3. I agree with Ira except I would add the Liberal Party weakness started with Chretien who won by default in 1993, barely hung on to office in 1997 then won a third majority in 2000 at the cost of a bitterly divided Liberal Party. I come to the same conclusion during this period 1980-2015 the Liberal party was historically weak even in the face of a fractured opposition.

      Goaltender Interference, I think your assessment of the NDP in the 90's and early 2000's overly pessimistic. Alexa McDonough only managed 11% of the popular vote in 1997 but gained 12 seats mostly in places where the NDP had not been competitive before. This new found popularity in the Atlantic changed the NDP from primarily a Western based party into a national party and demonstrated the NDP could do well in non-traditional areas. These were important precursors for Layton's eventual "breakthrough" and I would add Layton's breakthrough in Quebec would not have been possible without Alexa McDonough's preceding leadership. The 2000 election was not as helpful for the NDP but, they retained their official party status (not an easy feat in an Italian style parliament we had at the time) and retained their national character winning seats in the West, Ontario and the maritimes. This was new for the NDP and helped justify its existence as a national party. Both are important accomplishments when faced with a roughly 25% decline in the NDP popular vote.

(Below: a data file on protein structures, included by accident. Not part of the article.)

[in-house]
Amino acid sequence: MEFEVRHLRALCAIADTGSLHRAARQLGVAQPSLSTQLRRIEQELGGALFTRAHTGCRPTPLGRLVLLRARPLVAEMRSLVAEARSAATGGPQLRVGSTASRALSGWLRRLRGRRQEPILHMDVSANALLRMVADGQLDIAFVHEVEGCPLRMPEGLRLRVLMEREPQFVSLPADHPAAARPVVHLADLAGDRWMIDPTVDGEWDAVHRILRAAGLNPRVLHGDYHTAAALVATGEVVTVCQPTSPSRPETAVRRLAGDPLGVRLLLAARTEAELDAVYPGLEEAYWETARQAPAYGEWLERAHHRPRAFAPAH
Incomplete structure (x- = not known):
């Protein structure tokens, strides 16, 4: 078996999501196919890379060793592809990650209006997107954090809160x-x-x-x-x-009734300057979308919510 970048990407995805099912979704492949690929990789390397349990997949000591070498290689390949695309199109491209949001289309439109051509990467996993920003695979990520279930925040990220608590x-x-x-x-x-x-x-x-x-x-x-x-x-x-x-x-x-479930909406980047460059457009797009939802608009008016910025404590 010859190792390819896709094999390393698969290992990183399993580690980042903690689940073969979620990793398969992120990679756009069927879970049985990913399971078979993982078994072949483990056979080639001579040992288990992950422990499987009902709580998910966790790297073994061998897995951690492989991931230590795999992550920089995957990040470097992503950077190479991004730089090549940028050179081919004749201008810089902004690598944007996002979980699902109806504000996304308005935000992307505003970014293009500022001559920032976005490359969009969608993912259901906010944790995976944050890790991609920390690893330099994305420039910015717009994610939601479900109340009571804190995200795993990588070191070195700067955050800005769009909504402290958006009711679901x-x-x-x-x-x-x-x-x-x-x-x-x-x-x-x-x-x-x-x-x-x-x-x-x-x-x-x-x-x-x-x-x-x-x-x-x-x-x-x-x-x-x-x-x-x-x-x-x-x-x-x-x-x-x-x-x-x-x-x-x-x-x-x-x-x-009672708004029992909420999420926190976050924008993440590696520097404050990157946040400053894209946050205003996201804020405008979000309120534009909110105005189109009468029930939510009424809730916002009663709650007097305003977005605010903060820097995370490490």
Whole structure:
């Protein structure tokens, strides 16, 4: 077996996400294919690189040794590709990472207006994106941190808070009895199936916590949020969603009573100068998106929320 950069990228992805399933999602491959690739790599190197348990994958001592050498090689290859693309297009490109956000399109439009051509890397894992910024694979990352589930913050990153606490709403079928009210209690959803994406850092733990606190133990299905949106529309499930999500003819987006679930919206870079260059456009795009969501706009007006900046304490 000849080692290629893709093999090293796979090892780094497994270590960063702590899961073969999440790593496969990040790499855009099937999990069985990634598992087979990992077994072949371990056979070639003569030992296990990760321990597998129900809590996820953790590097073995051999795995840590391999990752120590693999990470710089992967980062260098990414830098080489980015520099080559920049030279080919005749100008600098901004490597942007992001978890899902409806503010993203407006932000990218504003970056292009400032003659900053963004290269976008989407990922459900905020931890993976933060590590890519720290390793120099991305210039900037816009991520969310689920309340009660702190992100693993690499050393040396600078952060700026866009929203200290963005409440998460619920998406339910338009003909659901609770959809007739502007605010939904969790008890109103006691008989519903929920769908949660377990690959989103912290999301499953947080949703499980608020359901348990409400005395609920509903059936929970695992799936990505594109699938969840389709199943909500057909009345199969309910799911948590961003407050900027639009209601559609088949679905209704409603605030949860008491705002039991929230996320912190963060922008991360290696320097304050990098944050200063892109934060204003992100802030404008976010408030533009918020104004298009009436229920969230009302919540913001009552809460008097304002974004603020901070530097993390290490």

To answer your question: Mulcair failed to achieve what he was hired to do as leader; hold the Party's dominant position in Quebec and participate in Government. When you don't do your job you get fired and that is why Mulcair is no longer leader. Was removing Mulcair a mistake? It may well turn out to be. As Eric informed us just before the NDP convention leaders in their second campaigns often do better than rookie leaders on the hustings. Mulcair for all his failures is a known entity and that holds some political value in its own right.

      None of the high profile contenders have yet joined the race but, with over a year to go before the convention plenty of time remains for well known Dippers to drop their hat in the ring. One should remember Jack Layton was pretty much an unknown outside Toronto prior to his election as leader. I write all this as someone who does not vote NDP.

    4. Politics is a game of expectations, and Mulcair failed to meet the NDP's spectacularly.

      There are a bunch of points related to how he was a stranger in a strange land (a rather moderate, cautious federalist Quebec MP running a party that prides itself on radicalism and contrarian positions) and how he was swept up in a wave of support for this Leap Manifesto business, but really at the end of the day, he was given the job of winning and he did not, so why keep him as leader? His time was up on October 19, he just didn't heed the warnings.